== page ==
Revisiting my extensive music collection, one artist at a time
Thirty-nine years ago on this date, March 12, 1980, Billy Joel released his 7th studio album, Glass Houses. Although I already liked some of his music and constantly heard all of his hits from the previous few years on the radio, this was the first Billy Joel album I owned, and it has held a special place in my heart ever since. 1980 was a particularly pivotal year for me, as I reached the age of 14, entered high school, attended my first concert, lost my drumming hero (Led Zeppelin’s John Bonham) and fell in love with dozens of albums released throughout the year. Glass Houses remains at or near the top of my list of favorites from 1980.
Back in 2016 my wife and I moved into our new house, the selling point of which was the “wall of windows” overlooking the wooded lot and seasonal lake view. The following year we completed a whole-house renovation that included some structural adjustments to that wall, which now closely resembled the house pictured on the Glass Houses album cover. Needless to say, I had to attempt a recreation of that photo, as you’ll see below. It’s not a perfect match but, thanks to my wife’s photography skills, I think we captured the essence of that iconic image.
One day I hope to write about this album and all of those wonderful records I fell in love with in 1980, so I’ll only offer a brief summary here. This was his second consecutive #1 album, following 1978’s 52nd Street, and third consecutive multi-platinum album. It featured four singles that were released in the United States: “You May Be Right,” “Don’t Ask Me Why,” “Sometimes A Fantasy” and his first chart-topper, “It’s Still Rock And Roll To Me.” He also had a Top 40 hit with “All For Leyna” in the U.K. which probably would have been a hit in his home country had it been released as a single here.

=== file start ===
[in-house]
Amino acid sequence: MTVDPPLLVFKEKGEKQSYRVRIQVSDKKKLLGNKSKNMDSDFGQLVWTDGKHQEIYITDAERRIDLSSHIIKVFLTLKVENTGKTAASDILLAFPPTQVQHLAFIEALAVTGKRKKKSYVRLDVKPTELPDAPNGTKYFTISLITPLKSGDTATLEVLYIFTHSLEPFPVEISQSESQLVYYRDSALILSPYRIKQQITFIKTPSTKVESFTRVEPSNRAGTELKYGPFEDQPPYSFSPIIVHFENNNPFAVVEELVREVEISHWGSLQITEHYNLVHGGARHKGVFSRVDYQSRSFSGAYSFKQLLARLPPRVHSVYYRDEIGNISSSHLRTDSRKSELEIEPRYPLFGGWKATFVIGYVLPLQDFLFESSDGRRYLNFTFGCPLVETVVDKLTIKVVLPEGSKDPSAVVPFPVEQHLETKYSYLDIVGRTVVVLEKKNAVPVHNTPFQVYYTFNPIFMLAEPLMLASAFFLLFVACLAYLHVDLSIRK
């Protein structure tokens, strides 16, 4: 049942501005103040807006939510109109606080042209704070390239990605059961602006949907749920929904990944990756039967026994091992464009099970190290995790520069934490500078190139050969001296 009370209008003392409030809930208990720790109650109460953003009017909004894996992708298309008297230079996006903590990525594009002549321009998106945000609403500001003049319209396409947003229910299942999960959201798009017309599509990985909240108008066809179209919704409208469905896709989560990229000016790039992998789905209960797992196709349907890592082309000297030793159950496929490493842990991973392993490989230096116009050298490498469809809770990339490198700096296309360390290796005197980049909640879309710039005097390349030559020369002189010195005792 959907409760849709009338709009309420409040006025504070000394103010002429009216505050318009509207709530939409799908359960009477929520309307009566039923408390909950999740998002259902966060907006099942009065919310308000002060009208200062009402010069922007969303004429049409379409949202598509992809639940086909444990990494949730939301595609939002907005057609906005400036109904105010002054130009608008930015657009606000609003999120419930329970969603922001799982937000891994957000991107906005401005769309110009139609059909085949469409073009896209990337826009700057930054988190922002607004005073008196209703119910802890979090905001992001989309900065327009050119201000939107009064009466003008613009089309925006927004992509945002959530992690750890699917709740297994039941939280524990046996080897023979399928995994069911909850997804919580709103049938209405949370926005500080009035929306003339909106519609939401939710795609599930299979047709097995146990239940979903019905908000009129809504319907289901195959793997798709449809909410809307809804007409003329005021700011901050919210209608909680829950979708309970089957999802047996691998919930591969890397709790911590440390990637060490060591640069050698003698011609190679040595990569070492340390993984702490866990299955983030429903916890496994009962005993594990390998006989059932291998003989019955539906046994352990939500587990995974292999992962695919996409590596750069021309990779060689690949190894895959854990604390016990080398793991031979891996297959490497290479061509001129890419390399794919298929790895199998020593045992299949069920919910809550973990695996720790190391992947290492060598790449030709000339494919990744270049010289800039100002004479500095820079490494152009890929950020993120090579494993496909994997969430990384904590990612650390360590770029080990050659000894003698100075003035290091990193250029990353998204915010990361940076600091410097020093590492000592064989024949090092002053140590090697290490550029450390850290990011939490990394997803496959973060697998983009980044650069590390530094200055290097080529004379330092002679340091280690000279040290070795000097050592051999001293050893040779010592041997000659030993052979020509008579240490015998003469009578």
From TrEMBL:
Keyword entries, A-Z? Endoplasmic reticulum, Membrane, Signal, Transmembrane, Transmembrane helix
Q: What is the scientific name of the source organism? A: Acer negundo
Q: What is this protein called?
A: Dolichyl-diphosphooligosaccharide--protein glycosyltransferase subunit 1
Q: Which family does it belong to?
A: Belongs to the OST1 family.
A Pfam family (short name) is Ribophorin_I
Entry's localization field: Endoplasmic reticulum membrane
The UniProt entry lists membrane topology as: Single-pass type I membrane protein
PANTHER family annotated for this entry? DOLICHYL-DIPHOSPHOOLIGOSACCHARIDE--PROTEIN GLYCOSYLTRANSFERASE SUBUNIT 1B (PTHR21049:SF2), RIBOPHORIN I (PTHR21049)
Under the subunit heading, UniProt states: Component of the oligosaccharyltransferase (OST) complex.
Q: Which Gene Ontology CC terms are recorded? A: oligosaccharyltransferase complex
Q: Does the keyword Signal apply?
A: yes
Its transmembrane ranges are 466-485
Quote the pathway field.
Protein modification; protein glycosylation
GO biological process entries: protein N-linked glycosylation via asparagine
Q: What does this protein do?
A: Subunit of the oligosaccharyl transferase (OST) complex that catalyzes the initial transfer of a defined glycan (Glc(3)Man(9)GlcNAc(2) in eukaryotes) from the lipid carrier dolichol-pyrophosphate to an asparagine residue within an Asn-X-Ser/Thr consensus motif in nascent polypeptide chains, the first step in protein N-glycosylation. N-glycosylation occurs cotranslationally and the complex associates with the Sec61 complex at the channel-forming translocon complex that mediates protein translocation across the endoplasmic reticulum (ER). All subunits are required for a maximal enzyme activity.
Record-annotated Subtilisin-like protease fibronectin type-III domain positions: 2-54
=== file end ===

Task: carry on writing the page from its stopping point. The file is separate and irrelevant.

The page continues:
I’ve previously discussed my love of Billy Joel’s music in posts about The Stranger (1977) and The Bridge (1986). As great a songwriter, singer & musician as he is, all of the records I love in his discography would not have been the classics that they are without his core band of musicians, especially guitarists Russell Javors & David Brown, saxophonist Richie Cannata, bassist Doug Stegmeyer and one of my biggest drumming influences, Liberty DeVitto. Everyone knows the hits from Glass Houses, so here are a couple of songs that should have been hits (the aforementioned “All For Leyna” and “Sleeping With The Television On”) as well as the awesome punk/new wave-inspired “Close To The Borderline.”
Does this seem like a silly topic for a blog post? If your answer is “yes,” well…you may be right, I may be crazy.